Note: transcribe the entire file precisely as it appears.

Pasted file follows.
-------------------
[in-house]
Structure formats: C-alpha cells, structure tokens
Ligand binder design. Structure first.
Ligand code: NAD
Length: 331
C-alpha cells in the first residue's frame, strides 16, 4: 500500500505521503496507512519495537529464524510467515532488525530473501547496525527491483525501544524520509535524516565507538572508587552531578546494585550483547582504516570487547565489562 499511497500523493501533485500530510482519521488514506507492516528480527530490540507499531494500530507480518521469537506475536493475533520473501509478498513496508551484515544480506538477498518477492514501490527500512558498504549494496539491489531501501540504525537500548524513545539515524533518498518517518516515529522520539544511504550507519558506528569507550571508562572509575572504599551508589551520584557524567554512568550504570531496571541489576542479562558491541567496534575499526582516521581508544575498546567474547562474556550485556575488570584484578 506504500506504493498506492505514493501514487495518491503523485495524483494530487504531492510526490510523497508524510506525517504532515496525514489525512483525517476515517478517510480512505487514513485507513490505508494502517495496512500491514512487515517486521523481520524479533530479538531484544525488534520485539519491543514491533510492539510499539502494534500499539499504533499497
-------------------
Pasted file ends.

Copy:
[in-house]
Structure formats: C-alpha cells, structure tokens
Ligand binder design. Structure first.
Ligand code: NAD
Length: 331
C-alpha cells in the first residue's frame, strides 16, 4: 500500500505521503496507512519495537529464524510467515532488525530473501547496525527491483525501544524520509535524516565507538572508587552531578546494585550483547582504516570487547565489562 499511497500523493501533485500530510482519521488514506507492516528480527530490540507499531494500530507480518521469537506475536493475533520473501509478498513496508551484515544480506538477498518477492514501490527500512558498504549494496539491489531501501540504525537500548524513545539515524533518498518517518516515529522520539544511504550507519558506528569507550571508562572509575572504599551508589551520584557524567554512568550504570531496571541489576542479562558491541567496534575499526582516521581508544575498546567474547562474556550485556575488570584484578 506504500506504493498506492505514493501514487495518491503523485495524483494530487504531492510526490510523497508524510506525517504532515496525514489525512483525517476515517478517510480512505487514513485507513490505508494502517495496512500491514512487515517486521523481520524479533530479538531484544525488534520485539519491543514491533510492539510499539502494534500499539499504533499497